Time for Reflection on HITECH

CMS most recent report on their EHR Incentive program was July 2017 says it has paid out over $37B to participants. Since the beginning in 2009 the HITECH Act, part of the ARRA bailout bill, the effort to get healthcare provides to embrace a digital healthcare ecosystem has been an uphill battle along with dragging a 100 ton boulder up with it. Some ask was our money well spent? Some ask what was the alternative? Some say there was never and will never be another time to get this kind of money to spur the industry in so many different ways. There have been a few we have trusted from the beginning, when they spoke, we listened. So what are they saying now?

John D. Halamka, M.D., and Micky Tripathi, Ph.D.
These two guys have made it a personal mission to be there from the beginning and help, add their expertise, and write about our journey. They should need no introduction. Through the good and bad these two have been champions of the cause and I hope we have thanked them enough. Their latest collaboration in the NEJM reflects on the HITECH Act and where we go from here.

The HITECH Era in Retrospect
The New England Journal of  Medicine, September 7, 2017
At a high level, the Health Information Technology for Economic and Clinical Health (HITECH) Act of 2009 accomplished something miraculous: the vast majority of U.S. hospitals and physicians are now active users of electronic health record (EHR) systems. No other sector of the U.S. economy of similar size (one sixth of the gross domestic product) and complexity (more than 5000 hospitals and more than 500,000 physicians) has undergone such rapid computerization.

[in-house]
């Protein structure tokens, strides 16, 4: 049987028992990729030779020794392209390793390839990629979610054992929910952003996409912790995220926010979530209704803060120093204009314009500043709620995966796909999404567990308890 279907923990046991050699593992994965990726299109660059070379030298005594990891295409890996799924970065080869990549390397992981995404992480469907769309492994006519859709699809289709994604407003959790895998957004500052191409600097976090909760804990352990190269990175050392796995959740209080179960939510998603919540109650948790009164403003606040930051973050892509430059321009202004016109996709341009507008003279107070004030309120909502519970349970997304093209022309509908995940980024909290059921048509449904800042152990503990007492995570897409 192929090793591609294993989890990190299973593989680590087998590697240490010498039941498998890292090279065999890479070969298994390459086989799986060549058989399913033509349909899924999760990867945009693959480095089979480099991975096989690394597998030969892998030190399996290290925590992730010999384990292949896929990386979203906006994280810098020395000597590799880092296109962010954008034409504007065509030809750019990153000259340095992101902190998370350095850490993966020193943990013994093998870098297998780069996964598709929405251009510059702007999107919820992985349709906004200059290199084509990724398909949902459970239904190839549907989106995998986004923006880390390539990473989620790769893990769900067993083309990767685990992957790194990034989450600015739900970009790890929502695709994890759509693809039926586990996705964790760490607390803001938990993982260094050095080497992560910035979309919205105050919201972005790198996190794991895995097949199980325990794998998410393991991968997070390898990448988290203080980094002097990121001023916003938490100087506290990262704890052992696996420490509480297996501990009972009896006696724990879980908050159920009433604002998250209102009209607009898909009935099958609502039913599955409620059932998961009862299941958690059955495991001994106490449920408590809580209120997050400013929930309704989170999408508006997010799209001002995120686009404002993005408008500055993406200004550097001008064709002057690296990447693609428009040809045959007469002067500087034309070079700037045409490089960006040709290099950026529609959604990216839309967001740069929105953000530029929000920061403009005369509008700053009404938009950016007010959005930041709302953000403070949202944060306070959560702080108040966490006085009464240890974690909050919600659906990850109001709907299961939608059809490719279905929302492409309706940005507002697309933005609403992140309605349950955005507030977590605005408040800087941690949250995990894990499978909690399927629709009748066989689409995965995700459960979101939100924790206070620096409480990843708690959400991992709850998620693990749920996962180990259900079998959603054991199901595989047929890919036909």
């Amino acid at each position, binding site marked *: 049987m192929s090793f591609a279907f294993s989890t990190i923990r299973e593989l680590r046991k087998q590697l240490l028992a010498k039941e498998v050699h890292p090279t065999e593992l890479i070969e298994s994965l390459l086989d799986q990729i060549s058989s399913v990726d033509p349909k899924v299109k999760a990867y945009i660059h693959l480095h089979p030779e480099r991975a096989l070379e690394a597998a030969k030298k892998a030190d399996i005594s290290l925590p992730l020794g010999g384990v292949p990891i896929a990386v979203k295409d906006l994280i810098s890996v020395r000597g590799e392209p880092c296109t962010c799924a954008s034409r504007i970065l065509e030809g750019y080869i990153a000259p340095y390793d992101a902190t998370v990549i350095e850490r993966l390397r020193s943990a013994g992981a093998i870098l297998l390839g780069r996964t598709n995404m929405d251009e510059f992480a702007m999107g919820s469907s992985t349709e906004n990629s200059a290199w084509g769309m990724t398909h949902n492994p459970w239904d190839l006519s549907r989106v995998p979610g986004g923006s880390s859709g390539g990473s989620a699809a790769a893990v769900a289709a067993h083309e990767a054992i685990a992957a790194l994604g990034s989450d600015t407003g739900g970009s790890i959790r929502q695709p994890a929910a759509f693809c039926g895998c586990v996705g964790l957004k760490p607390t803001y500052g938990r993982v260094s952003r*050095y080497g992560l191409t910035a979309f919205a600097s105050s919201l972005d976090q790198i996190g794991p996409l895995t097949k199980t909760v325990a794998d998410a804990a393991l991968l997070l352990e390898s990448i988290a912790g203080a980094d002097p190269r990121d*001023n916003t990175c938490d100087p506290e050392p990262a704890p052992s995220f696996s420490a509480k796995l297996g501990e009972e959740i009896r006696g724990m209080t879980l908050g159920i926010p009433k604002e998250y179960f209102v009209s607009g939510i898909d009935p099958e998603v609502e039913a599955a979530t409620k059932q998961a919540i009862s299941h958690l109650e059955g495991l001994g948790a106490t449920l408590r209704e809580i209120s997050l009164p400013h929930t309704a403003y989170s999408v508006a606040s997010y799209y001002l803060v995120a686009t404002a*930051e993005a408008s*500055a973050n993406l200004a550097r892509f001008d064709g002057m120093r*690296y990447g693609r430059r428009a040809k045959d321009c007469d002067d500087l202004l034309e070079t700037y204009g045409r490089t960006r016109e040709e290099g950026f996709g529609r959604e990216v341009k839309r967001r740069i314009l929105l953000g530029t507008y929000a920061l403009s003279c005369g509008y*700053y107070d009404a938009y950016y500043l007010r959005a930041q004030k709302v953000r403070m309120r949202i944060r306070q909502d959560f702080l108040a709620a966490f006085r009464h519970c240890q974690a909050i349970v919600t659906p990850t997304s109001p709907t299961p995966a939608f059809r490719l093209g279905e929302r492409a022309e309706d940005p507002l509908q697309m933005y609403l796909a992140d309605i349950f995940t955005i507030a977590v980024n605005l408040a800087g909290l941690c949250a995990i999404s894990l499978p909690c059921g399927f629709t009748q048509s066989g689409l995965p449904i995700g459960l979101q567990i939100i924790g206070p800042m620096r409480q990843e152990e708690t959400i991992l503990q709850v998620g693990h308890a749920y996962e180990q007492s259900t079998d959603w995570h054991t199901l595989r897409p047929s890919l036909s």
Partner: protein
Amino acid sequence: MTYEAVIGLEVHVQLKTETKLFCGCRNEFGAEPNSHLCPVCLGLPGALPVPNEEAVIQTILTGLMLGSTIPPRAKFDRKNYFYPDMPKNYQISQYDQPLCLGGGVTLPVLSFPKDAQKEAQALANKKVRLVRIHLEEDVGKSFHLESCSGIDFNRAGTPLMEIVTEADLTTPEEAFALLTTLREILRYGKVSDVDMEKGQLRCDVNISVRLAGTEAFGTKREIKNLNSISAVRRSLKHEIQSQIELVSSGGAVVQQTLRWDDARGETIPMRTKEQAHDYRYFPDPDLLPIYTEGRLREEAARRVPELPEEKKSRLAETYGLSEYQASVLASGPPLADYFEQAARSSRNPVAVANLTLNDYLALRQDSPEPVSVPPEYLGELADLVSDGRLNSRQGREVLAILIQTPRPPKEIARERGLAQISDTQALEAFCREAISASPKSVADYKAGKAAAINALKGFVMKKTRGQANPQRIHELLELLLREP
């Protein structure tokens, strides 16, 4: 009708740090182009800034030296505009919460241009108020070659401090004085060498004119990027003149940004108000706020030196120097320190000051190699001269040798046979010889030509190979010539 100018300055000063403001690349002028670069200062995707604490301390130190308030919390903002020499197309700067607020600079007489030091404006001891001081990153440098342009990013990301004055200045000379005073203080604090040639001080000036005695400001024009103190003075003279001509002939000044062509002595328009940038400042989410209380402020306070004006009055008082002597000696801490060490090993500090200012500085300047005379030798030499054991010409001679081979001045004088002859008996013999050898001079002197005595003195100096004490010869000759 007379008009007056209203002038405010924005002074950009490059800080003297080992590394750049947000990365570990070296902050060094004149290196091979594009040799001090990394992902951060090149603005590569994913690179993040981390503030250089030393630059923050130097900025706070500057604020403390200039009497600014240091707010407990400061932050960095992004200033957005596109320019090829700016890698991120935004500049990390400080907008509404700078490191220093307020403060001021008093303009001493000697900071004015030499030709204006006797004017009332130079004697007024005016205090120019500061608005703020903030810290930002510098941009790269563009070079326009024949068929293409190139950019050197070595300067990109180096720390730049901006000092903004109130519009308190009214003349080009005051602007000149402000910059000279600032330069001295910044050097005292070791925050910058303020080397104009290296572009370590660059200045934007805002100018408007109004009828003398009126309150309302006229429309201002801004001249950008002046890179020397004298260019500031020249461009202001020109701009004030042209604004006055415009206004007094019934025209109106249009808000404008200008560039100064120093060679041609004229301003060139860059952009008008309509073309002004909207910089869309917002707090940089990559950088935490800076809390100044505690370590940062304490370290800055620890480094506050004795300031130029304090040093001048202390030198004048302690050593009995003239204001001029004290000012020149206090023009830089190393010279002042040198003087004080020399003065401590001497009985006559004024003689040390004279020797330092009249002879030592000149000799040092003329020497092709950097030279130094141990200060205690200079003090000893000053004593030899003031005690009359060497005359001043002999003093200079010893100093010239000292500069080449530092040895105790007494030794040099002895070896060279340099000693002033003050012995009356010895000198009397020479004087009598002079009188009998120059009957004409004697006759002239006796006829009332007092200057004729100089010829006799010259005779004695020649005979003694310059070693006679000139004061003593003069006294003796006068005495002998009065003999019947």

Vindell Washington, M.D., M.H.C.M., Karen DeSalvo, M.D., M.P.H., Farzad Mostashari, M.D., and David Blumenthal, M.D., M.P.P.
Four past National Coordinators for the ONC can bring a lot to the conversation when it comes to reflections. These four all answered the call when asked to serve and had front row seats to the spending of the billions. The NEJM also rightfully went to them for their thoughts past and forward.

The HITECH Era and the Path Forward
The New England Journal of Medicine, September 7, 2017
More than a decade ago, the National Academy of Medicine outlined the serious consequences of a paper-based health system: redundant tests; increased costs; uncoordinated and fragmented care; medical decisions made with incomplete data, leading to adverse events; and potential clinical innovations left undiscovered, hidden in patient files.1,2 To help address these concerns, Congress passed the Health Information Technology for Economic and Clinical Health (HITECH) Act, part of the American Recovery and Reinvestment Act of 2009. The law spurred rapid progress toward digitizing the health care delivery system, which has experienced a dramatic transformation as a result of concerted efforts by both public and private sectors. We believe we’re at an inflection point in terms of the capability to share research results, clinical guidelines, and patient data seamlessly and securely. The federal government’s actions to date have set the stage for an expanding role for health information technology (IT) in improved care delivery.

Keep Listening to the Experts

John D. Halamka, M.D. – Read his addictive blog Life as a Healthcare CIO, that includes hospital IT challenges and solutions to his world travels to his life on Unity Farm in Sherborn Massachusetts.

David Blumenthal, M.D. – Now president of the Commonwealth Fund, read his latest opinions in their To The Point Blog. And follow him on Twitter @DavidBlumenthal.

Micky Tripathi, Ph.D. – Now the president and CEO of Massachusetts eHealth Collaborative, you can learn a lot about Micky by following him on Twitter @mickytripathi1.

Vindell Washington, M.D.- Keep up with him and find out where he is speaking next on Twitter @vindellw.

Karen DeSalvo, M.D. – Keep up with her and find out what she is doing next on Twitter @KBDeSalvo.

Farzad Mostashari, M.D. – Since leaving the ONC, Farzad co-founded Aledade, an ACO for primary care and is the current CEO. You want to know what he is thinking? Then follow him on Twitter @Farzad_MD.